Michael Jackson was a famously profligate spender, renowned in his latter years for endless shopping sprees that nearly broke the bank. As a result, at the time of his death in 2009, the self-proclaimed King of Pop was $500 million in the hole.
Before his shocking overdose at age 50, rumors repeatedly swirled that Jackson was on the verge of a forced sale off one of his prized, and most valuable, assets: his 50 percent stake in the Sony/ATV catalog. That deal finally closed this week and the sale price is proof that Jackson’s 1985 purchase of half of the music publishing company whose holdings include iconic songs by The Beatles and Bob Dylan was perhaps the shrewdest move of his 40-plus-year career.
A look back at the history of Jackson and the Sony/ATV catalog:
1957: The music publishing company is founded as a division of Associated Television, whose owner, Sir Lew Grade, was a renowned British media mogul in the ’50s and ’60s.
1982: Jackson learns about the importance (and lucrative nature) of song publishing from soon-to-be-former friend and musical companion Paul McCartney, during their London sessions for the song “Say, Say Say.”
1985: Informed by attorney John Branca (who would later be part of the brain trust handling his estate) that the 4,000-song ATV catalog was available, Jackson paid a then-unheard-of price of $47.5 million for the rights to the priceless Lennon-McCartney catalog, as well as songs by Bruce Springsteen, Cher, Elvis, Hank Williams, Little Richard and The Rolling Stones.
1988: CBS sells its recording division to the Sony Corp. for $2 billion in cash. The purchase of the world’s then-most powerful record company, home to Columbia, Epic and Portrait Records, included a deep roster of acts including MJ, Dylan, Springsteen, Willie Nelson, Barbra Streisand and Billy Joel. The company was renamed Sony Music Entertainment in 1991.
1995: Sony and Jackson form Sony/ATV Music Publishing after Jackson sells a 50 percent share of ATV to Sony for around $100 million.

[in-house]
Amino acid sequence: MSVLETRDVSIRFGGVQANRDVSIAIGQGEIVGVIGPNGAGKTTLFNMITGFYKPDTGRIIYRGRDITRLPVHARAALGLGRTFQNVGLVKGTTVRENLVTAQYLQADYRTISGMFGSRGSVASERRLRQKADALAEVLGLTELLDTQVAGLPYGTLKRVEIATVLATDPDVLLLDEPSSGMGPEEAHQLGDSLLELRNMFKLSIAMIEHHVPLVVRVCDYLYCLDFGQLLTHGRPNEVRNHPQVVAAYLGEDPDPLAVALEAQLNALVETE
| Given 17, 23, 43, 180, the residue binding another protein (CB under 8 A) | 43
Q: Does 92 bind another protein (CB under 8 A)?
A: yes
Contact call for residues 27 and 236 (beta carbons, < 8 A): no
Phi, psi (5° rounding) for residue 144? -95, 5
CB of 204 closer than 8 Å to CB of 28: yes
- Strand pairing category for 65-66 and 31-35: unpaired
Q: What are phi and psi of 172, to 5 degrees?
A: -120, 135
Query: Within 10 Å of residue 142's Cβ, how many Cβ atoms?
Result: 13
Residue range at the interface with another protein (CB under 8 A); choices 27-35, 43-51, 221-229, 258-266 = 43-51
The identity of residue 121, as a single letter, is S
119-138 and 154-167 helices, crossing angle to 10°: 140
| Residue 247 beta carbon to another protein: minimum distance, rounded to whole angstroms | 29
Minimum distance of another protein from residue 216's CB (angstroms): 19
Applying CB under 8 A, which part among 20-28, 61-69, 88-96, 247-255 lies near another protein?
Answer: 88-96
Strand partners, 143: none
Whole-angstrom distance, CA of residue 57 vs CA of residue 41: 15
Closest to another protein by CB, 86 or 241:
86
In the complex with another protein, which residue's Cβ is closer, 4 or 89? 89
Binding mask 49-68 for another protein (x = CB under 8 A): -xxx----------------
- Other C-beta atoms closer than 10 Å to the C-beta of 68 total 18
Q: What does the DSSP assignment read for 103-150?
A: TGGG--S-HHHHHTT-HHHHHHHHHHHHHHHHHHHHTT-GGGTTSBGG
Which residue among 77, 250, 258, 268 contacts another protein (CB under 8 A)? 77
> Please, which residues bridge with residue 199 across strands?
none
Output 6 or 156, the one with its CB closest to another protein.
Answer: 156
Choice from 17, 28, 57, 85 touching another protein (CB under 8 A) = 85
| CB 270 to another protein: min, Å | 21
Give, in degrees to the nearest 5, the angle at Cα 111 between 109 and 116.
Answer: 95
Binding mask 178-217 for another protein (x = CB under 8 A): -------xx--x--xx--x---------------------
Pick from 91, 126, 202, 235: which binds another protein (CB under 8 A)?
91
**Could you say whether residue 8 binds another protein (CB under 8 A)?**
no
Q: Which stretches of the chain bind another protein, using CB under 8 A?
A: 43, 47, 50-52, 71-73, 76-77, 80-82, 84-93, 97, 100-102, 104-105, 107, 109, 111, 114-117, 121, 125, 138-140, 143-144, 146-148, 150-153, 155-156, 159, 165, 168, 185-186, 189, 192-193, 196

2002: Sony/ATV buys country music publisher Acuff-Rose for $157 million, scooping up the rights to 55,000 country songs by the likes of Hank Williams, Roy Orbison, Boudelaux Bryant, Marty Robbins and The Everly Brothers.
2006: Under a crushing debt load in excess of $270 million, Jackson agrees to give Sony an option to buy half of his stake in Sony/ATV for around $250 million.
2007: Sony/ATV acquires one of the crown jewels of publishing catalogs with its purchase of the songs of Jerry Lieber and Mike Stoller. The deal brings into the fold such iconic songs as “Jailhouse Rock,” “Hound Dog,” “On Broadway” and “There Goes My Baby.”
2008: Sony/ATV purchases the international administration rights to Famous Music for $370 million from the Universal Music Group. Among the hits in the 125,000-song catalog are songs by Eminem, Shakira, Pink and Beck.
2009: Jackson dies on June 25, 2009 at age 50, leaving behind three young children and an estate in dire financial straits. His longtime attorney, John Branca, and music industry veteran John McClain take control of the estate and begin an ambitious plan to pull the star’s assets into the black.
2012: A group led by Sony/ATV and the Jackson estate (among others) close a $2.2 billion deal for the purchase of EMI Music Publishing. EMI’s assets count more than 1.3 million songs, including 251 Beatles compositions, as well as songs by The Police, Justin Bieber, One Direction and The Beach Boys.
2015: In October, Sony triggers the buy-sell process with the Jackson estate that allows it to buy out MJ’s stake in 750,000-song Sony/ATV catalog, which now includes hits by everyone from Marvin Gaye to Taylor Swift, A$AP Rocky, Fall Out Boy, Adele and Lady Gaga.
2016: March 15, Sony announces plans to complete its acquisition of the estate’s 50 percent of Sony/ATV for $750 million.. A definitive agreement is expected by March 31, with deal closure to come in late 2016 or early 2017, pending regulatory approval.